News / USA

Colorado Girds for First-ever Retail Marijuana Sales on New Year's Day

Skylar Hall prepares marijuana buds for sale at the Botana Care store ahead of their grand opening on New Year's day in Northglenn, Colorado, Dec. 31, 2013.
Skylar Hall prepares marijuana buds for sale at the Botana Care store ahead of their grand opening on New Year's day in Northglenn, Colorado, Dec. 31, 2013.
Reuters
Inside a warehouse tucked away in this blue-collar suburb north of Denver a trio of workers feverishly rolled hundreds of marijuana cigarettes by hand in preparation for Colorado's opening of recreational pot stores on New Year's Day.

”We expect to have 2,000 joints ready to go by the time we open on January first,” said Robin Hackett, 51, co-owner of Botana Care, one of about a dozen newly licensed retailers cleared by state regulators to sell recreational pot starting on Wednesday.

Hackett and fellow marijuana proprietors in Colorado are pioneers in a new chapter of America's drug culture that marks the first time cannabis will be legally produced, sold and taxed under a special system many states have long established for alcohol sales.

In fact, experts say, no such framework for commercial marijuana distribution exists anywhere else in the world.

One of Hackett's joint rollers, Skyler Hall, 23, moved to Colorado from South Carolina several months ago and began volunteering at the store before he was hired.

”If it's going to grow the way we think it is, this could be a good opportunity,” Hall said.

Along with Washington state, Colorado legalized possession and use of small amounts of cannabis by adults for non-medical purposes - that is, strictly for the fun of it - under a statewide ballot measure approved by voters in November 2012.

But Colorado, already one of nearly 20 states with medical marijuana laws on its books, has led the way in establishing a legitimate market for recreational pot. The first businesses licensed for the new industry were shops already approved to operate as medical marijuana dispensaries.

Washington state is slated to open its own retail recreational shops later in 2014.

Once Colorado's system is fully in place, state authorities project wholesale and retail sales of cannabis products will total $578 million in annual revenues, which will generate $67 million in sales tax receipts for the state.

'Beginning of the end'

Even as Colorado and Washington move forward with their respective regulatory schemes, marijuana remains illegal under federal law, though the Obama administration has said it will give individual states leeway to permit recreational use.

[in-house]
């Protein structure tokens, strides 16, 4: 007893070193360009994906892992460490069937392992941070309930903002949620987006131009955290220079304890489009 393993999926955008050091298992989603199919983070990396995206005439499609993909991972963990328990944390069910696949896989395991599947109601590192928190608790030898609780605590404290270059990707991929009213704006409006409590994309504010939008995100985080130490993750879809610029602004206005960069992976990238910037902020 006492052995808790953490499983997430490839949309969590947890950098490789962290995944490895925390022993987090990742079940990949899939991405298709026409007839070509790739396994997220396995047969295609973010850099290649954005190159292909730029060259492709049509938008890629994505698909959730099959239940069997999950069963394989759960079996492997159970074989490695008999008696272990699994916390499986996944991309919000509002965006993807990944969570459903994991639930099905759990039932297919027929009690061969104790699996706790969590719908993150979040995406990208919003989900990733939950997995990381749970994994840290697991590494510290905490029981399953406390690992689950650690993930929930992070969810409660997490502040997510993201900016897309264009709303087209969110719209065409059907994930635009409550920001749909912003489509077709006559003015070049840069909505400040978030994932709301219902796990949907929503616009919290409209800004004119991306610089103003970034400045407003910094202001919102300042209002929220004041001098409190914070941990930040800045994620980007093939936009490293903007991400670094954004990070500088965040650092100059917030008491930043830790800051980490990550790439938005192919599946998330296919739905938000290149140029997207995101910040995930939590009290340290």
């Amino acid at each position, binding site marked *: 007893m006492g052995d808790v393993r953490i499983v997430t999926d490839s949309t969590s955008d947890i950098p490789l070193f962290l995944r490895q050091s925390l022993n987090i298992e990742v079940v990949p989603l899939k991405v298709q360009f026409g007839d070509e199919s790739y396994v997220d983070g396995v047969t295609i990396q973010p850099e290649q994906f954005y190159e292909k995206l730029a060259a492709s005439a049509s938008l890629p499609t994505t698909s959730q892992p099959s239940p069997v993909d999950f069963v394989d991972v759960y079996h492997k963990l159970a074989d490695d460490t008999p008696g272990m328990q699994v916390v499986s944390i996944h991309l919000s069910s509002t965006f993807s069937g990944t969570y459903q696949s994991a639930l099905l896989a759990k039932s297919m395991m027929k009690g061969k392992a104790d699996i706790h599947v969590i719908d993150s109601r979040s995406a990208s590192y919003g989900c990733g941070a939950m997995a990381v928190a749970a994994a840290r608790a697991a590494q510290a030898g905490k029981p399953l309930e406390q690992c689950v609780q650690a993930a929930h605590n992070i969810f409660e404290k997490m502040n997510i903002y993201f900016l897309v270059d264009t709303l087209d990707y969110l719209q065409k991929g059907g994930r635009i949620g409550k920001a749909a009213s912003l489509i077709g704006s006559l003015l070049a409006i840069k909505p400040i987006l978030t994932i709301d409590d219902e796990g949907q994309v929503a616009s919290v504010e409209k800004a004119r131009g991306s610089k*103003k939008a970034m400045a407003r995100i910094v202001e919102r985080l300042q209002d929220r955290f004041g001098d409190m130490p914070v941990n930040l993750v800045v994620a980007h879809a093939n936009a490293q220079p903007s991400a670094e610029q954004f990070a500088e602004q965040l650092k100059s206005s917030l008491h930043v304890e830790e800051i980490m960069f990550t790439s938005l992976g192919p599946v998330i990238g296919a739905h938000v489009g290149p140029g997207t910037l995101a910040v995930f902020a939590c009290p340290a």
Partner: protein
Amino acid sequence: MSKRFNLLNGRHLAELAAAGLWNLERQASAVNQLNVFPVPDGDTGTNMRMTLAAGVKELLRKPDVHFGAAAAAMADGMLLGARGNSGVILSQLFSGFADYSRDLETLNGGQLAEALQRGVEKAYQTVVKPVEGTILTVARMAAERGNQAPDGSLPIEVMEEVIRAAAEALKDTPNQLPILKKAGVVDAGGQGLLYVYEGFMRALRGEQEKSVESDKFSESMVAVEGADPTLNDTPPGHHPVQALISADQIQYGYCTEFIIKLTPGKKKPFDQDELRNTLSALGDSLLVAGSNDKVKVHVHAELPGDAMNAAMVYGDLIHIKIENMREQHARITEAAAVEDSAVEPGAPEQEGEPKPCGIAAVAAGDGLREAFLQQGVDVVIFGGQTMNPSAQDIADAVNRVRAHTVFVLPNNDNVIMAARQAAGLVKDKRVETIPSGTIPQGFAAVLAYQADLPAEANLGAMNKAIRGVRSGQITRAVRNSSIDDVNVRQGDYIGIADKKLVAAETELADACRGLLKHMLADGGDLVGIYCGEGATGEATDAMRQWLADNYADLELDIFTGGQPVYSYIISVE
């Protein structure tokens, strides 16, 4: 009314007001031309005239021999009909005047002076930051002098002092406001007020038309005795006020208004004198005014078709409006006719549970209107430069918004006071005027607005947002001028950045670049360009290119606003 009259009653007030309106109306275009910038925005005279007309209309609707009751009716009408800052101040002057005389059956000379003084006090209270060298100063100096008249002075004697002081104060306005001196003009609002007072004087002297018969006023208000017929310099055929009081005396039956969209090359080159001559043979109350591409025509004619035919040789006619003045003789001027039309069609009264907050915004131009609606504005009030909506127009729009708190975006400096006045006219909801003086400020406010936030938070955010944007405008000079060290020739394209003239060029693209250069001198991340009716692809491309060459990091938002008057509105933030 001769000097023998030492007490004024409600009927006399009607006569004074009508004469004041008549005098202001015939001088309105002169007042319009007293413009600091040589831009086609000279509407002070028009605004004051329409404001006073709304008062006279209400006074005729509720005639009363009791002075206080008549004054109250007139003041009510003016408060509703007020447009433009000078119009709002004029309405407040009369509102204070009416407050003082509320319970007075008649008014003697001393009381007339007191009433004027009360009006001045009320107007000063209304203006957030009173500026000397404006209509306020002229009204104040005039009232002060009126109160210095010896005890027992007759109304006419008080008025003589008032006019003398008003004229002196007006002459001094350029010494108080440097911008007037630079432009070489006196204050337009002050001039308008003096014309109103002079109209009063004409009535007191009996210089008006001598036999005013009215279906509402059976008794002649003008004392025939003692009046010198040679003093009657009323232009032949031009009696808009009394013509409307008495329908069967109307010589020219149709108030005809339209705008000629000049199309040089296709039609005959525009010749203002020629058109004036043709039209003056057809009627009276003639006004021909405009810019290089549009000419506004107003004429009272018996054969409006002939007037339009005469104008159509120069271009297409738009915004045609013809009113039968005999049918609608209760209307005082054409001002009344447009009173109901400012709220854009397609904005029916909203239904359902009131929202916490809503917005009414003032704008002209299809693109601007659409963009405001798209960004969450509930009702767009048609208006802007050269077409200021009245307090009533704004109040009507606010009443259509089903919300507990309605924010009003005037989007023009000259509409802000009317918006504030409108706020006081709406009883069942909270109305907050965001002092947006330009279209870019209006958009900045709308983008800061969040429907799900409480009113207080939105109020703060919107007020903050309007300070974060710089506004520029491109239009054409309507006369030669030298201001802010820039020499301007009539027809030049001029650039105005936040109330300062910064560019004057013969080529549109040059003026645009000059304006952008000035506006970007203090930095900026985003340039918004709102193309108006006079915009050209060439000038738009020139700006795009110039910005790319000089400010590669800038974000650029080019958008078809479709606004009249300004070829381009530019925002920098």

Ezekiel Edwards, director of the American Civil Liberties Union's Criminal Law Reform Project, said in a statement that the Colorado and Washington votes marks “the beginning of the end” for marijuana prohibition at the national level.

”By legalizing marijuana, Colorado has stopped the needless and racially biased enforcement of marijuana prohibition laws,” Edwards said.

But opponents warned on Tuesday that legalizing the drug's recreational use in the two Western states could help create an industry intent on attracting underage users and getting more people dependent on the drug.

Comparing the nascent pot market to the alcohol industry, former U.S. Congressman Patrick Kennedy, co-founder of Project Smart Approaches to Marijuana, told reporters on a conference call that his group aims to curtail marijuana advertising and to help push local bans on the drug while the industry is still modest in stature.

”This is a battle that if we catch it early enough, we can prevent some of the most egregious adverse impacts that have happened as a result of the commercialized market that promotes alcohol use to young people,” he said.

Under Colorado law, however, state residents can only buy as much as an ounce of marijuana at a time, while out-of-state visitors are restricted to quarter-ounce purchases.

'King Tut' and 'Gypsy Girl'

Curiosity-seekers expecting to see hoards of revelers lighting up joints and pipes on the streets of Colorado at the stroke of midnight on New Year's Eve may be disappointed.

Officials in Denver have posted signs at the airport and around downtown warning that pot shops can only operate during certain hours and that open, public consumption of weed remains illegal.

A widely advertised New Year's Eve “Cannabition” event at a Denver dance club was canceled after city officials warned organizers that the planned soiree could cost the establishment its liquor license, and lead to civil and criminal penalties.

Back at Botana Care, Hackett said she expects between 800 and 1,000 customers to patronize her store on opening day.

The store has hired a private security firm to help with traffic and parking issues that could arise from the anticipated crush.

Hackett said she has 50 pounds of product on hand, and to avoid a supply shortage the shop will limit purchases to quarter-ounces on Day One, whether in joints, buds or cannabis-infused edibles such as pastries or candies.

A quarter-ounce sampler packet with seven strains of weed dubbed with such names as “King Tut” and “Gypsy Girl” - each said to produce a different kind of high - will retail for $85 to $90, including tax, Hackett said.

Botana Care will also sell such related wares as pipes, bongs, and re-usable, locking child-proof pouches.

Because there is a six-month moratorium on additional businesses applying for a second wave of retail licenses, Botana Care is the only recreational marijuana shop north of Denver, and Hackett predicts grossing $13 million in the first year.

”We don't have any competition,” she said.

You May Like

US Imposes Sanctions on Alleged Honduran Drug Gang

Treasury department alleges Los Valles group is responsible for smuggling tens of thousands of kilograms of cocaine into US each month More